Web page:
Fantastic Beasts: The Crimes of Grindelwald Movie Review - A magical world
Warner Bros and JK Rowling's attempts to capture the Young Adult Market with the Fantastic Beasts adaptation are proving to be nearly as productive a goldmine as their previous collaboration.
Fantastic Beasts: The Crimes of Grindelwald
U/A: Adventure, Family, Fantasy
Director: David Yates
Cast: Eddie Redmayne, Johnny Depp, Jude Law
Warner Bros and JK Rowling's attempts to capture the Young Adult Market with the Fantastic Beasts adaptation are proving to be nearly as productive a goldmine as their previous collaboration – the Harry Potter series. In this second in the purportedly 5 movie outing for the Fantastic Beasts, magical creature franchise J.K. Rowling gets Magizoologist Newt Scamander(Eddie Redmayne) to join forces with young Albus Dumbledore( Jude Law) to prevent the devious Gellert Grindelwald (Johnny Depp) from raising pure-blood wizards to rule over all non-magical beings. The Potter maniacs will obviously be thrilled with the fairly frequent parleys into Hogwarts with Dumbledore. The first, Fantastic Beasts and Where to Find Them' was a little ponderous with its attempts to fashion a sort of origin story for the series and therefore took a little time getting into stride but this one doesn't suffer from that malady.
It's 1927, six months after the first film ends and New York authorities 'magic' governing council have imprisoned shape-shifting Grindelwald. But Grindelwald escapes flying through the night sky riding a carriage drawn by Thestrals. Newts brother Theseus (Calum Turner) who is now engaged to Newts former girlfriend Leta Lestrange (Zoe Kravitz), Tina (Katherine Waterston), her sister, Queenie(Alison Sudol), Credence Barebone (Ezra Miller), Jacob (Dan Fogler) and the menagerie of colourful creature, sidekicks and opponents add more power to the mystique here.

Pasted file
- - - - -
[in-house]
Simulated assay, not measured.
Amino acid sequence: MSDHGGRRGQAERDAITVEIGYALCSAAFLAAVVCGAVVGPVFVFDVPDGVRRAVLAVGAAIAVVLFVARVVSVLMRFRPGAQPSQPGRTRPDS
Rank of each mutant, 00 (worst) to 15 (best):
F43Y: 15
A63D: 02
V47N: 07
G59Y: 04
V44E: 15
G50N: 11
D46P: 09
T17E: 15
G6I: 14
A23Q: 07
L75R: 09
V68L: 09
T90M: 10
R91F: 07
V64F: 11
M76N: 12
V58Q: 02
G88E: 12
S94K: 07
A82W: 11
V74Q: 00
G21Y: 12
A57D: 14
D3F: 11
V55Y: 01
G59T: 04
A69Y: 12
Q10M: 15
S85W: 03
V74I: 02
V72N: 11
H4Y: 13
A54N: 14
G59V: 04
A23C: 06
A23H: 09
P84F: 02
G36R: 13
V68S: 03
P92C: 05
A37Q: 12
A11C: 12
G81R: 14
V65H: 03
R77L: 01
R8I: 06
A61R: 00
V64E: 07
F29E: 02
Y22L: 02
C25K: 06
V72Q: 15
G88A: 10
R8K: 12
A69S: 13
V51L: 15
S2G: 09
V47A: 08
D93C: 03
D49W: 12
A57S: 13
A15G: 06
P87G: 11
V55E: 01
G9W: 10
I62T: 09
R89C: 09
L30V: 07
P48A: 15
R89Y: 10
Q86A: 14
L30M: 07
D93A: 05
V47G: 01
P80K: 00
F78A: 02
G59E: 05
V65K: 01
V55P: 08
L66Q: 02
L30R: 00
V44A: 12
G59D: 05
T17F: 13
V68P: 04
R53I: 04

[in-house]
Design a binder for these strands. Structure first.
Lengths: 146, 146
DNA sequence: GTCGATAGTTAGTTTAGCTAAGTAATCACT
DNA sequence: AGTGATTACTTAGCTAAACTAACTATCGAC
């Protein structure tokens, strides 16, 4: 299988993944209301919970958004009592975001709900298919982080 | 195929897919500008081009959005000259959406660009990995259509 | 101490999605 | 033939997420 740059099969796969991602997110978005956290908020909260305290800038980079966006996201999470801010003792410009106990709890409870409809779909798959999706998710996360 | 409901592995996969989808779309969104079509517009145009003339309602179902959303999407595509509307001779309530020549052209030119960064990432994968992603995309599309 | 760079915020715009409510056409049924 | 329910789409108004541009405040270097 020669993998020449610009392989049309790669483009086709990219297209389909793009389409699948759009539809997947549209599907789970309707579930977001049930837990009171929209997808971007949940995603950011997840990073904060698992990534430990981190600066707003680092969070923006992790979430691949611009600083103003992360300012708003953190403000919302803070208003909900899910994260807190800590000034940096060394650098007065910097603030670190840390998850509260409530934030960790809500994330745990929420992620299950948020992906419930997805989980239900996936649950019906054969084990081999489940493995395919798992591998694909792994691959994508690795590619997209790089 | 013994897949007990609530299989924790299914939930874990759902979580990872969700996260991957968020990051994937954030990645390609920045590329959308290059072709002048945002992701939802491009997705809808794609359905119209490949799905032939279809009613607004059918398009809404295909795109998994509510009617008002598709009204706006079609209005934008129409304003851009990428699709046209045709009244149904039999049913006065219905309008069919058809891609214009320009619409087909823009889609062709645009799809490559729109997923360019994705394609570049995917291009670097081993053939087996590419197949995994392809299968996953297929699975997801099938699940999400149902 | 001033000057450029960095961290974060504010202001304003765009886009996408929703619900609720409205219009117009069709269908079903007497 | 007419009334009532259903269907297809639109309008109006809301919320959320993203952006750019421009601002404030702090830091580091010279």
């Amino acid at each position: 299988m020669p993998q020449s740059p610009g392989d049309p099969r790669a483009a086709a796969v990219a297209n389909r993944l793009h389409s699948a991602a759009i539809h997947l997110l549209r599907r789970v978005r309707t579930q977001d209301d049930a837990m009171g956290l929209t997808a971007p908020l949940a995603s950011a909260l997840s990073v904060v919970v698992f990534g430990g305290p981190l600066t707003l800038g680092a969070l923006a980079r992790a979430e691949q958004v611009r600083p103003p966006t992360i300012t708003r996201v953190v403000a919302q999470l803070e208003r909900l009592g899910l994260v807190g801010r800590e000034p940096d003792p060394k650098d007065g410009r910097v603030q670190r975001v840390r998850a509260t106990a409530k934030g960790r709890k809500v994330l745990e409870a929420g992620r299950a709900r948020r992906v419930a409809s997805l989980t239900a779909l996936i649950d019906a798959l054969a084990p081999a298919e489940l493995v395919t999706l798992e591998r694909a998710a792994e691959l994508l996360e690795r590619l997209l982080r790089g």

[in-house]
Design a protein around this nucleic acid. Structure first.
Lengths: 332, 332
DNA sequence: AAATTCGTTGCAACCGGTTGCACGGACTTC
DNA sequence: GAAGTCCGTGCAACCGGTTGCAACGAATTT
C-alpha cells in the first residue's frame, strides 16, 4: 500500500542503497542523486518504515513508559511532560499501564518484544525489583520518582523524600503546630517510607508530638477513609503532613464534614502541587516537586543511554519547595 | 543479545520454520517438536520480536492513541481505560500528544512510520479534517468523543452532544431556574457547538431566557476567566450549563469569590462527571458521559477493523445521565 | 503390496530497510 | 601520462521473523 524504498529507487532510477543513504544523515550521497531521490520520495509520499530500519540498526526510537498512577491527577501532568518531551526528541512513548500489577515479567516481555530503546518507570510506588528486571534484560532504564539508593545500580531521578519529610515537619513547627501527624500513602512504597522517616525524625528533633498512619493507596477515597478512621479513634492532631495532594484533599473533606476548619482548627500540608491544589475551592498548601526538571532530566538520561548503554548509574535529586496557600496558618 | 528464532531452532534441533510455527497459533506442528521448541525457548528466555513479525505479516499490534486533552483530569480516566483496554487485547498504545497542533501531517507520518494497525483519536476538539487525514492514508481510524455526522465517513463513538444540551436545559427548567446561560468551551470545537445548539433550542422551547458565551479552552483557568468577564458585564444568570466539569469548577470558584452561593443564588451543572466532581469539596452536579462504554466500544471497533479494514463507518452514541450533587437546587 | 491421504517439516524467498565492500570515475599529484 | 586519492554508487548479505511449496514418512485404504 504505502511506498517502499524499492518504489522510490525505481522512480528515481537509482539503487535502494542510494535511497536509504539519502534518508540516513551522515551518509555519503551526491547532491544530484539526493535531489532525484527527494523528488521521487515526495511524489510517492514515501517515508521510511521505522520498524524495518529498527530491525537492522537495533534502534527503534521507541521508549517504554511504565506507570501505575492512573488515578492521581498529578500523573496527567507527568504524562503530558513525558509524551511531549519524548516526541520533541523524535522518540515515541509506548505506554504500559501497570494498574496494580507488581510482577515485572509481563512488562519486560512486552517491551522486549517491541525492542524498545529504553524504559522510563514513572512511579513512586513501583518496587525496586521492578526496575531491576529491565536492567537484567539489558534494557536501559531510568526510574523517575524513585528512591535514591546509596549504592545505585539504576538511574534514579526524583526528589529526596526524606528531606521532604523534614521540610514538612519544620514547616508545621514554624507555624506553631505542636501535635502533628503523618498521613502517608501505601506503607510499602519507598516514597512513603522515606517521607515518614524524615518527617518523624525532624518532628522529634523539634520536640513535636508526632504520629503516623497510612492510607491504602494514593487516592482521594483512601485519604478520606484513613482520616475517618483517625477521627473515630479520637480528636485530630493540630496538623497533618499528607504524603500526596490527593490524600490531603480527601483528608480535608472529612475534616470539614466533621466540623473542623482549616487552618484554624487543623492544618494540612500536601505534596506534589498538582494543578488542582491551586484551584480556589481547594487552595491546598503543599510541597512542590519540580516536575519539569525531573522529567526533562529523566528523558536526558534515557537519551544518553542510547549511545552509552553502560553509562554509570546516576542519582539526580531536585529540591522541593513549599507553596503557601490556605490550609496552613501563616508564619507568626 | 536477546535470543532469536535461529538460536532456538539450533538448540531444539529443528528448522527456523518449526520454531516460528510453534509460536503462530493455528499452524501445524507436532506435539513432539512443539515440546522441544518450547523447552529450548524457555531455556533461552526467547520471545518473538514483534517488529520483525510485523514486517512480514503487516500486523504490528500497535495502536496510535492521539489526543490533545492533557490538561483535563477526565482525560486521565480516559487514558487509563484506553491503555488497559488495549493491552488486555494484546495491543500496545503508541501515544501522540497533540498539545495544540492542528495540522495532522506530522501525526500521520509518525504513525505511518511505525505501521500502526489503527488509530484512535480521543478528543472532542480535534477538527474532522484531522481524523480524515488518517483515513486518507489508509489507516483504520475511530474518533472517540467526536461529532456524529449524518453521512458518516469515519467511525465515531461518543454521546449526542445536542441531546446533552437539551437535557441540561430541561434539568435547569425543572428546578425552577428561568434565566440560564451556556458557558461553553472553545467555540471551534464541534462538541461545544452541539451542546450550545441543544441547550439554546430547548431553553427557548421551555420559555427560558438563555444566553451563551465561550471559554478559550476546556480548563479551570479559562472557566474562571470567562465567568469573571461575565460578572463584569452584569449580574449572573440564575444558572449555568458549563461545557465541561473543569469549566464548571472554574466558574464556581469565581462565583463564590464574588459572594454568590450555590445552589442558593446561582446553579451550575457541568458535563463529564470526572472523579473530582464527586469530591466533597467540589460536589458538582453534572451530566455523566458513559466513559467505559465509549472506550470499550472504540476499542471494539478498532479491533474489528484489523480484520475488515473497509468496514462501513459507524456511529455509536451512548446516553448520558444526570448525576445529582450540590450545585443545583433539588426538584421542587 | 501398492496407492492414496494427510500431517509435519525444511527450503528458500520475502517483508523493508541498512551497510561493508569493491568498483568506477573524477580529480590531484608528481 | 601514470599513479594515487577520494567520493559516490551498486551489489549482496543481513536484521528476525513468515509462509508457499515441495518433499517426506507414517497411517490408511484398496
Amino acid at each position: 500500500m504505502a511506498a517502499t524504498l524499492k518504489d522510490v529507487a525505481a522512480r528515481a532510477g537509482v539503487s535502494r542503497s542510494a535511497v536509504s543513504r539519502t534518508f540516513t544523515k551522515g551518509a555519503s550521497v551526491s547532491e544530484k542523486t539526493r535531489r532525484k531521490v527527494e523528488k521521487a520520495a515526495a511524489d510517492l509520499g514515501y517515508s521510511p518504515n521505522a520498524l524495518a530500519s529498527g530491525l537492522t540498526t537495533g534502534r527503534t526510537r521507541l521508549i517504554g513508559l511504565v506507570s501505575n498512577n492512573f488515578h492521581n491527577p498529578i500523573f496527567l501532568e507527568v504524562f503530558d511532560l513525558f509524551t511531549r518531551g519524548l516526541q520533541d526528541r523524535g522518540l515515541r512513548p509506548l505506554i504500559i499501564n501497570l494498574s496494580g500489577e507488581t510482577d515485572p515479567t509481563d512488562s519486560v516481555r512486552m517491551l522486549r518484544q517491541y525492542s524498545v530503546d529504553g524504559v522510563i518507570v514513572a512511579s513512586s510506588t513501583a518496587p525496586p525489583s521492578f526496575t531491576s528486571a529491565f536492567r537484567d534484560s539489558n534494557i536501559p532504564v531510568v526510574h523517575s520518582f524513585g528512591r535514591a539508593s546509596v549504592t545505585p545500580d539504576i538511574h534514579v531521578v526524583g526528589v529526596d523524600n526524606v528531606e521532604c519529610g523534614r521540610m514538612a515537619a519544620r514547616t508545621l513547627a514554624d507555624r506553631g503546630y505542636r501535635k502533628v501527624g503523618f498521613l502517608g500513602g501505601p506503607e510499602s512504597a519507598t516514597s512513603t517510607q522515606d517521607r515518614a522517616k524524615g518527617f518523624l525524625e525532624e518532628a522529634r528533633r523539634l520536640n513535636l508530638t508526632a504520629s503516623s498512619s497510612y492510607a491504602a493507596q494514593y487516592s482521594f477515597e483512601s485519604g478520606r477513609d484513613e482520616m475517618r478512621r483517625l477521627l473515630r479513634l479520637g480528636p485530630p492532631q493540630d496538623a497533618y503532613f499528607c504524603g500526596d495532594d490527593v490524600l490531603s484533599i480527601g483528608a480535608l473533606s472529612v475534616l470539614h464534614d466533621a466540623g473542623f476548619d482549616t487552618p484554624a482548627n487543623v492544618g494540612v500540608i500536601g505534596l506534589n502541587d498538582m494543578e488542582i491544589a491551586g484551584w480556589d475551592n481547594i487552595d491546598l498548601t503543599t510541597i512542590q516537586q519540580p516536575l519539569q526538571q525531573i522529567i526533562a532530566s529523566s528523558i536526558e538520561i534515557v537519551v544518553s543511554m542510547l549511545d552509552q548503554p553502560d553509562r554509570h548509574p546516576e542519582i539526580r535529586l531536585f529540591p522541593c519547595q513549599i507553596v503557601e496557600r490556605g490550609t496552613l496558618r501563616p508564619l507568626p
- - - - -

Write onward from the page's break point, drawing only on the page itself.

Check out the trailer here:
The author's enchanted formula fitted into a David Yates fancy fantasy narrative with spell-binding special effects has the visual power to awe you. This sequel is darkly drawn with a stronger distinction between good and evil and has enough meat for the fans and followers to wax eloquent even if after a point it all seems a little tedious. Even the relationships seem a little more enigmatic with unexplained shadowy depths – allowing for further delineation as the series moves forward. The characters have a mysterious bent and are more vivid here. The actors stick to their briefs even if it means looking shallow and inept. This is a magical realm filled-up by prodigious imagination and sterling craft. You need to see it to believe!
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